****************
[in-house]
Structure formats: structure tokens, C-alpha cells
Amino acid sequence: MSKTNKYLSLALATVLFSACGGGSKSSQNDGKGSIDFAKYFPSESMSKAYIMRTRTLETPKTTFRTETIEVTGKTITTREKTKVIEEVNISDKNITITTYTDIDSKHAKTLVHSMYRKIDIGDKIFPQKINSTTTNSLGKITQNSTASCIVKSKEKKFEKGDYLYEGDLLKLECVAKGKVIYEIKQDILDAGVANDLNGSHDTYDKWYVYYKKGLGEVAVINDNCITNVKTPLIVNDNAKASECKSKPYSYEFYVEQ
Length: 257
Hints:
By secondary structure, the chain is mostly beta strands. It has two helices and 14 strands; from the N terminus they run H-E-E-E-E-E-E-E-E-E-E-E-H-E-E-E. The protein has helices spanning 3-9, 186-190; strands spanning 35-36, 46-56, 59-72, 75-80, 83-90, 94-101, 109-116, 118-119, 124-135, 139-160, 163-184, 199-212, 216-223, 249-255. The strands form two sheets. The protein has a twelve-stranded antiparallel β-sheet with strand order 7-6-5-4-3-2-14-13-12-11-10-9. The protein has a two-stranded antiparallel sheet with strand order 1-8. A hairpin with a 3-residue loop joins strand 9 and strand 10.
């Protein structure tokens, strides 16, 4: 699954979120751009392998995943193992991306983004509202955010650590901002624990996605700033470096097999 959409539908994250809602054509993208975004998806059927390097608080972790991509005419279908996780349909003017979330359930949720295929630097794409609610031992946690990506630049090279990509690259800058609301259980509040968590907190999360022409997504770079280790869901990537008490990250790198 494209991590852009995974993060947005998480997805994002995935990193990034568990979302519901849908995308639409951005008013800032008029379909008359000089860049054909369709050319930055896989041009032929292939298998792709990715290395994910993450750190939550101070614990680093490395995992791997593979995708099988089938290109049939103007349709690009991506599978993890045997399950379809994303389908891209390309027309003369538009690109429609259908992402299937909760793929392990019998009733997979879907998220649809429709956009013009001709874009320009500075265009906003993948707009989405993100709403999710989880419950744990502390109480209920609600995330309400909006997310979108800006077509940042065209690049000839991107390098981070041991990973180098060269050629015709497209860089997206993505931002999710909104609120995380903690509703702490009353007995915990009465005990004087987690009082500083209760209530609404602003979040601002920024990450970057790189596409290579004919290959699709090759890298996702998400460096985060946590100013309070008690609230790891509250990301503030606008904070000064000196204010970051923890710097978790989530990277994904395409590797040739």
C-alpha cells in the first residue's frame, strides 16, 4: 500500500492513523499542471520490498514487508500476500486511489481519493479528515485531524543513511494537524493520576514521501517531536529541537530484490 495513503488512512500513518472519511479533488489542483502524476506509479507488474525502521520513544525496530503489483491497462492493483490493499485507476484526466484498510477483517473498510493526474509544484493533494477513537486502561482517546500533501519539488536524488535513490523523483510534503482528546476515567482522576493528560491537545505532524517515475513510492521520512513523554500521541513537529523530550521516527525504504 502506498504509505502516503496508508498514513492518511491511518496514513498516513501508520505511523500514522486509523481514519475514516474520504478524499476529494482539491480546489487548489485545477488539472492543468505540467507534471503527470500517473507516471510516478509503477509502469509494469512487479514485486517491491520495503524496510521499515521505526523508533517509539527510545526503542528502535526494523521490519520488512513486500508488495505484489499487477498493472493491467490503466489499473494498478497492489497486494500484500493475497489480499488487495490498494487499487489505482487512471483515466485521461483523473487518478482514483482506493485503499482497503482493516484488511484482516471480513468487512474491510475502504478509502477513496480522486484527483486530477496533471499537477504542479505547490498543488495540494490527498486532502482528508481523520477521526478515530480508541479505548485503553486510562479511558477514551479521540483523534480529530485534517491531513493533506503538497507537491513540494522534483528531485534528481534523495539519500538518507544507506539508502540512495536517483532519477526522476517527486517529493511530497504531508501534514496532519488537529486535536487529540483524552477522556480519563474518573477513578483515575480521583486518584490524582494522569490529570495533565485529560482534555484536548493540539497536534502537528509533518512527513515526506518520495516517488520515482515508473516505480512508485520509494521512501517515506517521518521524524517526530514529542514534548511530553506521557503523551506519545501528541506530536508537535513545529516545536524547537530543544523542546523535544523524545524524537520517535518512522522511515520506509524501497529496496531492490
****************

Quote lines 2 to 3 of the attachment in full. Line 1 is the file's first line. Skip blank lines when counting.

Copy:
Structure formats: structure tokens, C-alpha cells
Amino acid sequence: MSKTNKYLSLALATVLFSACGGGSKSSQNDGKGSIDFAKYFPSESMSKAYIMRTRTLETPKTTFRTETIEVTGKTITTREKTKVIEEVNISDKNITITTYTDIDSKHAKTLVHSMYRKIDIGDKIFPQKINSTTTNSLGKITQNSTASCIVKSKEKKFEKGDYLYEGDLLKLECVAKGKVIYEIKQDILDAGVANDLNGSHDTYDKWYVYYKKGLGEVAVINDNCITNVKTPLIVNDNAKASECKSKPYSYEFYVEQ